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Impinj Announces Commercial Availability of Its xArray UHF Reader

The device, now being offered by multiple solution providers, is designed to provide always-on inventory monitoring and real-time location data about tagged items, without the high cost of an active RFID system.
By Claire Swedberg

Creativesystems, another of Impinj's select partners, had added support for the xArray to its Creativeretail software—a cloud-based platform that enables retailers to track the locations of tagged goods and view the data using an app on an iOS device. João Vilaça, Creativesystems' CEO, says many of its customers have begun testing or permanently deploying the xArray reader in conjunction with Creativeretail, typically installing the gateways at locations where tracking the movements of goods is especially useful, as well as using handheld readers at other locations, such as in the back room or other sections of a store. In most cases, Vilaça says, retailers are going to want a solution that combines the xArray and handheld readers. The xArray allows users to know the movement history of goods, in order to help with business analytics and shrinkage reduction. However, he adds, handhelds may be more convenient for store employees to use in certain scenarios, such as identifying goods moving from one location on the sales floor to another.

Nonetheless, the xArray was designed to reduce—if not eliminate—the need for handheld devices, and to allow store managers to know, in real time, which goods are mis-shelved or need to be reordered, without requiring the sales staff to walk around the store while carrying handheld readers. The xArray device also provides information that has not been available with traditional UHF RFID solutions, Cotton reports. Retailers that have tested the xArray with software from an Impinj partner, he says, "are seeing data from the system they've never seen before"—for instance, how often shoppers try on a particular garment in a dressing room.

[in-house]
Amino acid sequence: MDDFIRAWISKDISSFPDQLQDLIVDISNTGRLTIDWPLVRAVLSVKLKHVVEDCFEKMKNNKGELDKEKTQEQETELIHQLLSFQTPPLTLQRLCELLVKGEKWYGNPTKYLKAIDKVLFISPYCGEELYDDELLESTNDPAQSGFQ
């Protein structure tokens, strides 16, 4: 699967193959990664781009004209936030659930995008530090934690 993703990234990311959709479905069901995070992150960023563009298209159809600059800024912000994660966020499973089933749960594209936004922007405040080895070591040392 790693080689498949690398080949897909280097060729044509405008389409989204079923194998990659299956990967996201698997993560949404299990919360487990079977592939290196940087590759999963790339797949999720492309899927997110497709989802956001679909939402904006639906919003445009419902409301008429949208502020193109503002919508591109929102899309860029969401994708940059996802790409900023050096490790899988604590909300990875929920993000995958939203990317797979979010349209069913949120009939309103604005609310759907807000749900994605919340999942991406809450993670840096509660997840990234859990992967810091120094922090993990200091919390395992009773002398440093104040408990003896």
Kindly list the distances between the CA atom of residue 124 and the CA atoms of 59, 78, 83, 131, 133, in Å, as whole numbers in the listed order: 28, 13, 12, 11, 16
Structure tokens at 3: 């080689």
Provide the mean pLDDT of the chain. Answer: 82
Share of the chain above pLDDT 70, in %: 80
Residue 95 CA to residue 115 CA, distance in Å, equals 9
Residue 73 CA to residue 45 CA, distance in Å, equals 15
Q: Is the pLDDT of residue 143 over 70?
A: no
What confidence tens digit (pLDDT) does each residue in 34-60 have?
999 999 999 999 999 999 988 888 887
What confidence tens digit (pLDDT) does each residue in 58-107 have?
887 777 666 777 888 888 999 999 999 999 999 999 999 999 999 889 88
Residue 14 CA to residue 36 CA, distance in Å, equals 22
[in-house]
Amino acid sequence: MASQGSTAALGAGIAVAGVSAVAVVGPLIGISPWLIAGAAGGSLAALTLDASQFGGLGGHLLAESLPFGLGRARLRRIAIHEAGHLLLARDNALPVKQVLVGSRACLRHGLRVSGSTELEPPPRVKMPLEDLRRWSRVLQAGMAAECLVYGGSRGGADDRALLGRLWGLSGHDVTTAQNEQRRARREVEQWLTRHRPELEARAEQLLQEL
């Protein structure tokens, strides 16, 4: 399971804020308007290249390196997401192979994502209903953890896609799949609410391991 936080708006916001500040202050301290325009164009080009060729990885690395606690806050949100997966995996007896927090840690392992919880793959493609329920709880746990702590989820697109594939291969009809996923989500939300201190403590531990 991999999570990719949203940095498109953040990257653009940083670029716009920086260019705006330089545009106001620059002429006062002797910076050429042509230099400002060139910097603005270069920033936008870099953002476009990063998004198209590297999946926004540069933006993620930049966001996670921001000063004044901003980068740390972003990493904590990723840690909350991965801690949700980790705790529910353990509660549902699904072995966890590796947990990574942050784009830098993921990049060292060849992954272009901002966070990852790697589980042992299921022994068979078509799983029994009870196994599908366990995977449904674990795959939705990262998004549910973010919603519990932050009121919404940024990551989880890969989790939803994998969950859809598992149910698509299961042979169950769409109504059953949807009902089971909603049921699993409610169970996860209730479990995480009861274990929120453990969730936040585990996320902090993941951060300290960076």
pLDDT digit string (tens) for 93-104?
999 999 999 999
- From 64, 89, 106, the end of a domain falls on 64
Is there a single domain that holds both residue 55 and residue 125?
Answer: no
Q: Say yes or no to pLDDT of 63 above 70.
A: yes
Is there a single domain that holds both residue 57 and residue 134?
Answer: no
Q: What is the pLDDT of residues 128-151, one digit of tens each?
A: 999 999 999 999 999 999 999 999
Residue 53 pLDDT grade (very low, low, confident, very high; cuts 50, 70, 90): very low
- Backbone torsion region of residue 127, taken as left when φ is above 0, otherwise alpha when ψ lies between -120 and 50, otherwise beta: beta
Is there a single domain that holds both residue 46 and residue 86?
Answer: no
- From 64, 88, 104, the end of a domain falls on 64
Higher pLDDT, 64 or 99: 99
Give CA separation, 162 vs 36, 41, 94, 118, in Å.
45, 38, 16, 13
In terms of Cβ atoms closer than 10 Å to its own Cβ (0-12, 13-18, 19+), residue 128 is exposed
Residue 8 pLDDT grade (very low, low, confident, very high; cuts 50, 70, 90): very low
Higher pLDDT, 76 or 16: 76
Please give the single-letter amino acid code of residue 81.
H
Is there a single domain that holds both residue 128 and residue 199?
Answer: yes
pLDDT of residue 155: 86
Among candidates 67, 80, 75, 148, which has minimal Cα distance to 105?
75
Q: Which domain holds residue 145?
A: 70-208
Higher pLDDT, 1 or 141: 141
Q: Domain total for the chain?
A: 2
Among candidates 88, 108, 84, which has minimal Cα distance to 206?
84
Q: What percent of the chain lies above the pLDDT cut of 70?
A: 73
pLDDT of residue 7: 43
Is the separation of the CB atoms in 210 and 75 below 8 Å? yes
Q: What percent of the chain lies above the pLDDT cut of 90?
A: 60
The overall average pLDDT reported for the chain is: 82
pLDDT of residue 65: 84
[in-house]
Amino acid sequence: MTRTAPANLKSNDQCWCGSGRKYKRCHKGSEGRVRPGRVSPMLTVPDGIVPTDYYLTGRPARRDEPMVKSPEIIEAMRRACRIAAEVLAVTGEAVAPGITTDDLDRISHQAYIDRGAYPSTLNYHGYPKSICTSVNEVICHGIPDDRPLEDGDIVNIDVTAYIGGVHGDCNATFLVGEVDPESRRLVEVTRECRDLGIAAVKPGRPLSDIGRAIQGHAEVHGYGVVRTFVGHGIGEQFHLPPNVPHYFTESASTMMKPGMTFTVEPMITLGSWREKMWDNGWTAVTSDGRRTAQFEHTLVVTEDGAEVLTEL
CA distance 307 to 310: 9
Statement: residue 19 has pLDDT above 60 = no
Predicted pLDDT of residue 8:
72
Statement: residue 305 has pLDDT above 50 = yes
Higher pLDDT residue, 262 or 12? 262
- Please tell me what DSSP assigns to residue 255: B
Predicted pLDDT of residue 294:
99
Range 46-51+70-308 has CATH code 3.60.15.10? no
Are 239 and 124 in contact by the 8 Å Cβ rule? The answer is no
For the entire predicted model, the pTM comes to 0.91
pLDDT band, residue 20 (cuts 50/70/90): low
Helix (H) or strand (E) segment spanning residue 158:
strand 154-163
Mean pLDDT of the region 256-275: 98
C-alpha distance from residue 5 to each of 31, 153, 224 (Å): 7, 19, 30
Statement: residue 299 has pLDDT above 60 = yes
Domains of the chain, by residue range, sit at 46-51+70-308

Most retailers who have tested or installed the xArray reader to date had already used conventional EPC Gen 2 RFID readers for inventory management, he says, but the resulting data in those cases is limited, since they require a worker to walk through the store with a handheld unit. With handheld inventory counts, the store knows what inventory it has onsite at that time, but the xArray's RTLS functionality provides considerably more. For instance, the retailer knows not only where a tagged item is at a particular moment, but also where it has been—for instance, being taken into a dressing room, but not being sold. If a shopper buys a product that is on display at several locations within the store, the management knows from which display the item originated.

For retailers already using RFID with handheld readers, Cotton adds, there will be a period of adjustment as they see the benefits that xArray's "always on" capabilities can bring to their company.

That may not be the case for health-care facilities that rarely use passive RFID solutions. At hospitals and other such facilities, management's concern is often centered on locating assets quickly, as well as on identifying the movements of patients and personnel, in order to improve efficiency and patient throughput. To accomplish this goal, hospitals have typically relied on RTLS solutions involving active RFID tags. The active RFID tags can be very expensive, Cotton says, and do not always provide the read accuracy and reliability that users want, according to systems integrators who have discussed the technology with Impinj.

In the manufacturing sector, factories that are currently employing active tags or have set up RFID reading portals for periodic read events can now gain real-time location data regarding work-in-progress or warehouse management. Nofilis indicates that its manufacturer customers are interested in using the xArray gateway to locate materials and goods in real time, and to identify the direction of movement within portal environments.

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